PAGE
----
At the start of the Boston Marathon bomber’s trial, his lawyer admitted to the jury that he’s guilty — even though he already pleaded not guilty two years ago after he was charged with planting two bombs near the finish line.
This seems like a counterintuitive move made by Dzhokhar Tsarnaev’s attorney, Judy Clarke, one of the top death penalty lawyers in the US. But the not guilty plea is part of her larger strategy to get her client a more lenient sentence.
This strategy worked when Clarke defended Jared Lee Loughner, the gunman who in 2011 shot nearly 20 people at a Tucson, Arizona supermarket, including then-Rep. Gabrielle Giffords. After initially pleading not guilty, Loughner agreed to a deal that took the death penalty off the table.
Legal expert and Ohio State University law professor Douglas Berman told Business Insider that the defence could be using the trial as a sort of test-run to prepare for the penalty phase, which will decide whether Tsarnaev gets the death penalty.
Tsarnaev’s not guilty plea isn’t necessarily a claim of innocence, but rather an expression that the defence wants to hold the government to its burden of proof in the case, Berman explained. And once the prosecution lays out its case, the defence will be better informed on how to argue against a death sentence in the penalty phase.
“[The defence] wants to see how the government is going to put its case together, who the witnesses are, what kind of arguments they make about the defendant,” Berman said.
“The best way to do this is to have this trial phase where the government is going to put forward all of its evidence, which is not just about guilt but why the death penalty is appropriate, and then the defence has essentially a preview and can then start from the get-go on developing a corresponding, much more informed strategy for the penalty phase.”
By entering a not guilty plea and going through a trial, the defence gets a look at how the prosecution is going to build a case against Tsarnaev. It also gets to see how the jury will react to the defence’s own strategy.
“In so many ways, it’s not just what’s forced the government to show their hand, it’s also ‘let’s make our point before the main event and see how the jury seems to be responding and what kind of reactions we think we’re getting from the judge and the jury as we put forward a variety of suggestions,” Berman said.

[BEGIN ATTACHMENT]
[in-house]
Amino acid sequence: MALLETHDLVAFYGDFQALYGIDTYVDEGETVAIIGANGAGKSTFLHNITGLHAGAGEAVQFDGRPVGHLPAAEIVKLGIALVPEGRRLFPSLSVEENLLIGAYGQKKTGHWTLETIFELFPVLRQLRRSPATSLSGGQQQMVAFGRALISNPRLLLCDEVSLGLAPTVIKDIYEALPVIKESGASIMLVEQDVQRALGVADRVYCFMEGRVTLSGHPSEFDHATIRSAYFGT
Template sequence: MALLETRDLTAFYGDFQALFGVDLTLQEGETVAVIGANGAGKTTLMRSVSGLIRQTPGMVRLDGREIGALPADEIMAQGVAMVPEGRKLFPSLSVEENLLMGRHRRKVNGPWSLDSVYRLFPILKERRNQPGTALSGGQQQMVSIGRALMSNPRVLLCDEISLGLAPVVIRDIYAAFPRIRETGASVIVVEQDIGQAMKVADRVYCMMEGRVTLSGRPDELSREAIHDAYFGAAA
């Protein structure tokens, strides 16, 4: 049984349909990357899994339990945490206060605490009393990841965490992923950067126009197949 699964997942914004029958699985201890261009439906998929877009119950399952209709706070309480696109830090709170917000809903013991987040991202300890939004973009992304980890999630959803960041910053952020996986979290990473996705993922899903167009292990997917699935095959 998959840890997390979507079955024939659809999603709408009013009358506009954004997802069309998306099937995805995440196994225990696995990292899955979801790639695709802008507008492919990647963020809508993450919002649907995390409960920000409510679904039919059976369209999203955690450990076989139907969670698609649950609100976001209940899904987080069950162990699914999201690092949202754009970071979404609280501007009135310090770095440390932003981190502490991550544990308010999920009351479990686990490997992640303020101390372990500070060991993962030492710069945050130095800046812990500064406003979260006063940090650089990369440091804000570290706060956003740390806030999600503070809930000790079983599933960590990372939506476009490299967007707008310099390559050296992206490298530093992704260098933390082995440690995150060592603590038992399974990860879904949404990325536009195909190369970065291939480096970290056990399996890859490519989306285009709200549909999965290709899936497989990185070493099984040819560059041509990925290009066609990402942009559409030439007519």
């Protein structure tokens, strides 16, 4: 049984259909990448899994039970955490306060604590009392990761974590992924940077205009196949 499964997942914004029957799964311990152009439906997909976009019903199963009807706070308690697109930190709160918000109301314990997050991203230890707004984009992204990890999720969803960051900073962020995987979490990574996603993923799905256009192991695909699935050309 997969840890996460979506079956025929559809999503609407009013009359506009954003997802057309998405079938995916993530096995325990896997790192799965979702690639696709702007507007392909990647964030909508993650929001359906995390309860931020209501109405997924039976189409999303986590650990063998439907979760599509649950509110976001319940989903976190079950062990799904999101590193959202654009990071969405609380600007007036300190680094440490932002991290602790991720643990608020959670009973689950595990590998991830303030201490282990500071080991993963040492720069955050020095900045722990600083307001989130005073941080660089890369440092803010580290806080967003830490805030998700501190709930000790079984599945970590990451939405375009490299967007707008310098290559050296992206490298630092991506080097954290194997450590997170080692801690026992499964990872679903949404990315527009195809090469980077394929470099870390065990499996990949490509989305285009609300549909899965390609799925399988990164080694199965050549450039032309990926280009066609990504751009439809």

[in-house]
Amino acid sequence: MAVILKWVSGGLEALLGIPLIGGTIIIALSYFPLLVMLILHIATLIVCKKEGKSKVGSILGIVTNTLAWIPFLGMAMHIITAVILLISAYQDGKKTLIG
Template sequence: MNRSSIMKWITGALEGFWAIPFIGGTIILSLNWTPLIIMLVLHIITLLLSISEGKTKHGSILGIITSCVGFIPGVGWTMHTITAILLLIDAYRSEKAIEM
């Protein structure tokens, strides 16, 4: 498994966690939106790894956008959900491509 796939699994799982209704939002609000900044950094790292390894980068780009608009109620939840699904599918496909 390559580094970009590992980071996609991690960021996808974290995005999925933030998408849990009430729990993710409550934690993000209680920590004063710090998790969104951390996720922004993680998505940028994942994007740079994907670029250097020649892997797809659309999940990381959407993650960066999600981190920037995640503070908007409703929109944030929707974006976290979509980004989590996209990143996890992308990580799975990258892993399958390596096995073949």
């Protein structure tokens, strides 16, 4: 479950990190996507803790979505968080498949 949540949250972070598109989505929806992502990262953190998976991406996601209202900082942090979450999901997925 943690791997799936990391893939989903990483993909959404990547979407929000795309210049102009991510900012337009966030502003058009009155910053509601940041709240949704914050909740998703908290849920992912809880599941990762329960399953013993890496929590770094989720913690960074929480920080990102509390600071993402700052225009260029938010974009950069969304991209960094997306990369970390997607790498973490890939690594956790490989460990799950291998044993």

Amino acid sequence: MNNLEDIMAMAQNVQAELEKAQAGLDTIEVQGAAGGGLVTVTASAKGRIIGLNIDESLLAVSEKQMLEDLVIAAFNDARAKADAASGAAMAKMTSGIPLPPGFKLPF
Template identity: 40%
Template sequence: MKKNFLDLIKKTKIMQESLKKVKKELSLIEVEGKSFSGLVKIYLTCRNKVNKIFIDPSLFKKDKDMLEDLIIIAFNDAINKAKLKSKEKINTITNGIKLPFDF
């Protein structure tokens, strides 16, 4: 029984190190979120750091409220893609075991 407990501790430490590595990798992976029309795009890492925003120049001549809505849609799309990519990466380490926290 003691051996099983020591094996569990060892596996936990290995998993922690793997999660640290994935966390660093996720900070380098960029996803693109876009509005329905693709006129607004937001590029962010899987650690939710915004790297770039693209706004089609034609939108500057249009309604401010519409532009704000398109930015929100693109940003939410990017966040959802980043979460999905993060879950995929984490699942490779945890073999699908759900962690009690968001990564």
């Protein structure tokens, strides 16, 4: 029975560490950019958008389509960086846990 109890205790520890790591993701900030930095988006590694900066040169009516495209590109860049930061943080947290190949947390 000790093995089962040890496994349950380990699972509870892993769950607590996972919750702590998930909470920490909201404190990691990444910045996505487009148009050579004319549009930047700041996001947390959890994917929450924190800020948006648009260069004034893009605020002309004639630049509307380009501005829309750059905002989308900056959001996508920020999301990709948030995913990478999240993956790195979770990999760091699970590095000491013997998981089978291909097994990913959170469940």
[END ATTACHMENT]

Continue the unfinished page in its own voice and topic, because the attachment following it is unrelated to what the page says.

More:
Clarke’s admission that her client did participate in the bombing could also be a strategic move, allowing her to build credibility with the jury and make them feel like they can trust what she says.
Since there isn’t much of a question of whether Dzhokhar helped carry out the plot, the defence will likely now focus on diminishing his role and emphasising the part played by his now-deceased older brother Tamerlan.
On the first day of the trial, Clarke held up two photos of the brothers — one from years before the marathon attack and the second from the scene of the bombing where they’re shown carrying backpacks containing explosives, according to the AP. She then asked the jury: “What took Dzhokhar Tsarnaev from this … to this?”
There’s also still potential for Tsarnaev to seek a plea deal down the line, like Loughner did.
“Maybe it’s a hope on the part of the defence that if they go through the guilt phase, the government will see that they will have a challenge getting a death sentence,” Berman said. “… Given that there’s no doubt about guilt and a life sentence is pretty likely regardless, I’m sure the defence is at every stage saying [to the prosecution], either directly or indirectly, is this really worth all your time and energy?'”
Dzhokhar, 21, has been charged with planting two bombs near the finish line of the Boston Marathon in 2013. The attack killed three people and injured more than 200 others. His older brother Tamerlan, whom the defence appears to be portraying as the mastermind behind the bombing, died in 2013 during a manhunt for the brothers in Watertown, Massachusetts.